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The loudspeaker called my name.

“Ross Neir to the office.”

I got up and went.

A nice lady greeted me.

Her pink shirt didn’t fit.

She brought me to somewhere.

There was a strange box.

She said, “eyes go here.”

She said, “what’s the color?”

She said, “how many dots?”

She said, “read each row.”

She said, “all done now.”

She said, “come this way.”

She swung something towards me.

She said, “one or two?”

She said, “three or four?”

She said, “five or six?”

She said, “seven or eight?”

She said, “nine or ten?”

She said, “want a lolipop?”

I said, “only rootbeer flavored.”


I woke up one morning in the first grade and got ready for school. A few minutes before the bus, my mom put a pair of glasses on my head and told me to be a good boy that day.

I had an eye exam several weeks before. The results were benign, not worthy of panic, but worthy of buying me glasses.

I hated my glasses. I looked dumb and I knew it. I looked smart and I knew it.

They didn’t symbolize anything to me. I just thought they looked dumb.

I would see family pictures, look for myself, and cringe. Sometimes, on the playground at recess, they broke. Whoops. Too bad, I thought. Probably best to not tell my parents about this unfortunate incident.

Mom and Dad knew. They ordered new ones, and inevitably I broke those or, from time to time, lost them…



IMG_1212Look at those eyes.




In the fourth grade I learned about the scientific method.

Not from my teacher – she only held me back – but from a personal experiment.

I’d wear my glasses to school one day. The teacher didn’t really like me.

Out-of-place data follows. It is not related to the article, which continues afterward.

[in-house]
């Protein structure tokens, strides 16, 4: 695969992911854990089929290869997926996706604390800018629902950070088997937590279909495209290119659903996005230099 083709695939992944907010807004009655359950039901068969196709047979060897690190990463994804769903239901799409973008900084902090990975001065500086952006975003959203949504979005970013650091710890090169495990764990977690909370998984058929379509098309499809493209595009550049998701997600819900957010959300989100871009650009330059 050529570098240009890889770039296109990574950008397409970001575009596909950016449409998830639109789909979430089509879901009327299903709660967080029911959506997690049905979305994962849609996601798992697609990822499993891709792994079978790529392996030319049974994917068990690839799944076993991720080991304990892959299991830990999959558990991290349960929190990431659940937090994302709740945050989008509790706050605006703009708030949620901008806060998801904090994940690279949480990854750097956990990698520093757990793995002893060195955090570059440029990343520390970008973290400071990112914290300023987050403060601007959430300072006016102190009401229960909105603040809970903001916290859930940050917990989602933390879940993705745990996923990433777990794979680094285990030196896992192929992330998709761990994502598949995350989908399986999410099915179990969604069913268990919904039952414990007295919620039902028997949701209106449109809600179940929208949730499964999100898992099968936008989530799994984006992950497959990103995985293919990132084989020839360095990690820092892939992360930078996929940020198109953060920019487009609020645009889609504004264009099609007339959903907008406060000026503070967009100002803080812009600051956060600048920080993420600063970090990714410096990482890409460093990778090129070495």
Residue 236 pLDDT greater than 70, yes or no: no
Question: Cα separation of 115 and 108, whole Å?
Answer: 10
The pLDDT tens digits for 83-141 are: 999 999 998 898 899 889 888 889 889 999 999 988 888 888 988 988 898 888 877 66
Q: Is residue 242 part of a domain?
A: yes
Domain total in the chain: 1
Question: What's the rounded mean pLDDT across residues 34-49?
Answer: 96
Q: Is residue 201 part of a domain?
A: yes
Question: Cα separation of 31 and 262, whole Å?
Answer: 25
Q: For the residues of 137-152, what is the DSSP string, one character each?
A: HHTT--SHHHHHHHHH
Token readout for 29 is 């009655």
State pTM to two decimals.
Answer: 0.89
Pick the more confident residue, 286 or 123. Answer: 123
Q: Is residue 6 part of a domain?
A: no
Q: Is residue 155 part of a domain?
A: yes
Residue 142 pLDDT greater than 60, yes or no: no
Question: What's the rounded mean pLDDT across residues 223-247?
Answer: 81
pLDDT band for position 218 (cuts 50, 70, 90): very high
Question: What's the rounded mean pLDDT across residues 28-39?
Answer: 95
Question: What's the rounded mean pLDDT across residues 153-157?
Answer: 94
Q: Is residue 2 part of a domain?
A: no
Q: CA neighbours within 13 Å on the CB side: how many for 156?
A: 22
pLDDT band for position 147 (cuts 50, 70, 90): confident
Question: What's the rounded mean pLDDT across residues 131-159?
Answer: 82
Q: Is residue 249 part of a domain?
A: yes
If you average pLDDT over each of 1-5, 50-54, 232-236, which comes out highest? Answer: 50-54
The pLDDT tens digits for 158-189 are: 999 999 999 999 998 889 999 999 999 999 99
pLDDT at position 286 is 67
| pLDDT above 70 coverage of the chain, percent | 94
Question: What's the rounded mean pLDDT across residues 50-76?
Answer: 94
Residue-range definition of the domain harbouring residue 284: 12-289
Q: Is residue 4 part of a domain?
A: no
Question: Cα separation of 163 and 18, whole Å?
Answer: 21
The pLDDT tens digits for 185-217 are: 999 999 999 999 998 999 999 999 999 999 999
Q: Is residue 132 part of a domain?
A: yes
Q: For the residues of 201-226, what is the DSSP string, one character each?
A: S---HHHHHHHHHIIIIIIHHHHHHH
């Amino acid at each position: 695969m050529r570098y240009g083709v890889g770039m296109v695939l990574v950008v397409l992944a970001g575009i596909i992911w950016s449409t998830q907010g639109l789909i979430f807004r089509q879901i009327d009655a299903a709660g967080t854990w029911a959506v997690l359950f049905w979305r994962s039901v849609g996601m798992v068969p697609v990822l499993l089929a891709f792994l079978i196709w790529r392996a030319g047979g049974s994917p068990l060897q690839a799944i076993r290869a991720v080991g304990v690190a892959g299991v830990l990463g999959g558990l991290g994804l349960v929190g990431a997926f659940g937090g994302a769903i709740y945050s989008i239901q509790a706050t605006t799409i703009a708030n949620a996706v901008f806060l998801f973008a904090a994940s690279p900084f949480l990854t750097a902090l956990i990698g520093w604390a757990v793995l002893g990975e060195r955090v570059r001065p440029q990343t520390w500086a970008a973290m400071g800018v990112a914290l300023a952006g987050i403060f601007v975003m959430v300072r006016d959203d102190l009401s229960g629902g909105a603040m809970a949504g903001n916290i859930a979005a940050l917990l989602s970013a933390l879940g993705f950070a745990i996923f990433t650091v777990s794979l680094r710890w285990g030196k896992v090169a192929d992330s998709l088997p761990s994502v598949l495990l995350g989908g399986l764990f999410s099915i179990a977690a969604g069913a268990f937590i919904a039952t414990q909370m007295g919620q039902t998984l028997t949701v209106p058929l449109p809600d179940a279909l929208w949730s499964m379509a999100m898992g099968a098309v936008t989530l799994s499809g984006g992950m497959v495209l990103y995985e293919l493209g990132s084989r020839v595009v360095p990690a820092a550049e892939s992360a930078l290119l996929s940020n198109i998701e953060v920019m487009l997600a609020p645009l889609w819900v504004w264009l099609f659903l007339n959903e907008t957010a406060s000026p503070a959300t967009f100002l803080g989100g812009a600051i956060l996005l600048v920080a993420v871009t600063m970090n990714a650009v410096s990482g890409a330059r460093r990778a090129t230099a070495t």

I’d not wear my glasses to school the next day. The teacher really liked me.

I never kept a tally, I didn’t use a control group, I could accidentally have been noticing the proxy effect of my self-confidence changing when wearing glasses, but in my simple mind I had discovered something.

Was subconscious bias really that simple? I didn’t know about subconscious bias; I just thought my teacher hated ugly kids, and I was ugly with my glasses on.

That day I became a manipulator.



In my mom’s car I sat

With not a clue yet

The doctor so boring and his nurse so ignoring

my unspoken wish to leave

I swung my feet in ovals

sending hidden signals

but my mom so inattentive and dad so still at work-ive

they didn’t let me go home.

“Your world will be orange!”

he dipped a stick in some dye

moved it closer to my eye

I squeamed and I blinked

It was all orange.

“GCP!” the doctor declared

“what does that mean” my mom implored

“Bumps under the eye lids” the doctor declared

“where will that lead” my mom implored

“slowly deteriorating eye health” the doctor declared

“will it end in blindness” my mom implored

“probably not” the doctor declared.

“probably not” the doctor declared.

His voice wavered on the second probably.


A month before 6th grade my mom let me have contacts. “Ryan and Rachel didn’t have contacts until they were in 6th grade,” my mom reminded me.

My brother moved out to college three days later. In that time he helped me put them in every morning.


No they aren’t – my brother replied – Now if you use your other hand to drag the lower eyelid down, you have more space to work with.

I loved how I looked. Three weeks passed; middle school began. I walked in confidently. I looked good and not even Mackenzie Byxbe would tell me otherwise.



There is no moral to the story. I don’t have some grand expression about the goodness of God. This wasn’t a lengthy commentary about the pervasiveness of evil in society. Nor about self-esteem or body image. I just really hated my glasses. Thanks Joe.


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